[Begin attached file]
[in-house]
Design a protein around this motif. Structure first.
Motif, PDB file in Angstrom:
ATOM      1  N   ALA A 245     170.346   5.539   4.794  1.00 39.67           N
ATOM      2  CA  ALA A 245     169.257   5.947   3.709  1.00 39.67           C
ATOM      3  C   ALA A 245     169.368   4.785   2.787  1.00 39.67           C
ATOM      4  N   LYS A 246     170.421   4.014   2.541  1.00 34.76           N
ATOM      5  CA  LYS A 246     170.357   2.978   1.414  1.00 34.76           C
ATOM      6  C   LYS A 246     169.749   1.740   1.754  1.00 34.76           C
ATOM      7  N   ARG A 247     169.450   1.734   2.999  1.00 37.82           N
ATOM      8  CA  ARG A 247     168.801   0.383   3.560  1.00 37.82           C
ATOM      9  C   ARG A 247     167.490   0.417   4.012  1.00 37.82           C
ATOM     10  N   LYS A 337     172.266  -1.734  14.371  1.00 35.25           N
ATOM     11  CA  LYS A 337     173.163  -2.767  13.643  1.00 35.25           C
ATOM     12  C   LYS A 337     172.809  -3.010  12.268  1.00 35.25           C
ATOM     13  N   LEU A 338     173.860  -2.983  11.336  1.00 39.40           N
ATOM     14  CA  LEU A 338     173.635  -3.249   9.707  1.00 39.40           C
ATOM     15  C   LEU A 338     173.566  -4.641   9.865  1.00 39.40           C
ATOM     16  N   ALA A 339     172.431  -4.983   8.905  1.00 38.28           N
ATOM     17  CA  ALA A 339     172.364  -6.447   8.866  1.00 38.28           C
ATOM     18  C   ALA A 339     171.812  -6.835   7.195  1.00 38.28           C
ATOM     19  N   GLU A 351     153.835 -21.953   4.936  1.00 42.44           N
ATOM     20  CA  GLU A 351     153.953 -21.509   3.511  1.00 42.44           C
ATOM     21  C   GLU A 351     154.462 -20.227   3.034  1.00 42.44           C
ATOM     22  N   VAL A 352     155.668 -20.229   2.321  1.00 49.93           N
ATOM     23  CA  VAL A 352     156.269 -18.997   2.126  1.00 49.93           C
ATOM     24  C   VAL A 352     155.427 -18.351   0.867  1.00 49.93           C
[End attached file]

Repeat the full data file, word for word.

[in-house]
Design a protein around this motif. Structure first.
Motif, PDB file in Angstrom:
ATOM      1  N   ALA A 245     170.346   5.539   4.794  1.00 39.67           N
ATOM      2  CA  ALA A 245     169.257   5.947   3.709  1.00 39.67           C
ATOM      3  C   ALA A 245     169.368   4.785   2.787  1.00 39.67           C
ATOM      4  N   LYS A 246     170.421   4.014   2.541  1.00 34.76           N
ATOM      5  CA  LYS A 246     170.357   2.978   1.414  1.00 34.76           C
ATOM      6  C   LYS A 246     169.749   1.740   1.754  1.00 34.76           C
ATOM      7  N   ARG A 247     169.450   1.734   2.999  1.00 37.82           N
ATOM      8  CA  ARG A 247     168.801   0.383   3.560  1.00 37.82           C
ATOM      9  C   ARG A 247     167.490   0.417   4.012  1.00 37.82           C
ATOM     10  N   LYS A 337     172.266  -1.734  14.371  1.00 35.25           N
ATOM     11  CA  LYS A 337     173.163  -2.767  13.643  1.00 35.25           C
ATOM     12  C   LYS A 337     172.809  -3.010  12.268  1.00 35.25           C
ATOM     13  N   LEU A 338     173.860  -2.983  11.336  1.00 39.40           N
ATOM     14  CA  LEU A 338     173.635  -3.249   9.707  1.00 39.40           C
ATOM     15  C   LEU A 338     173.566  -4.641   9.865  1.00 39.40           C
ATOM     16  N   ALA A 339     172.431  -4.983   8.905  1.00 38.28           N
ATOM     17  CA  ALA A 339     172.364  -6.447   8.866  1.00 38.28           C
ATOM     18  C   ALA A 339     171.812  -6.835   7.195  1.00 38.28           C
ATOM     19  N   GLU A 351     153.835 -21.953   4.936  1.00 42.44           N
ATOM     20  CA  GLU A 351     153.953 -21.509   3.511  1.00 42.44           C
ATOM     21  C   GLU A 351     154.462 -20.227   3.034  1.00 42.44           C
ATOM     22  N   VAL A 352     155.668 -20.229   2.321  1.00 49.93           N
ATOM     23  CA  VAL A 352     156.269 -18.997   2.126  1.00 49.93           C
ATOM     24  C   VAL A 352     155.427 -18.351   0.867  1.00 49.93           C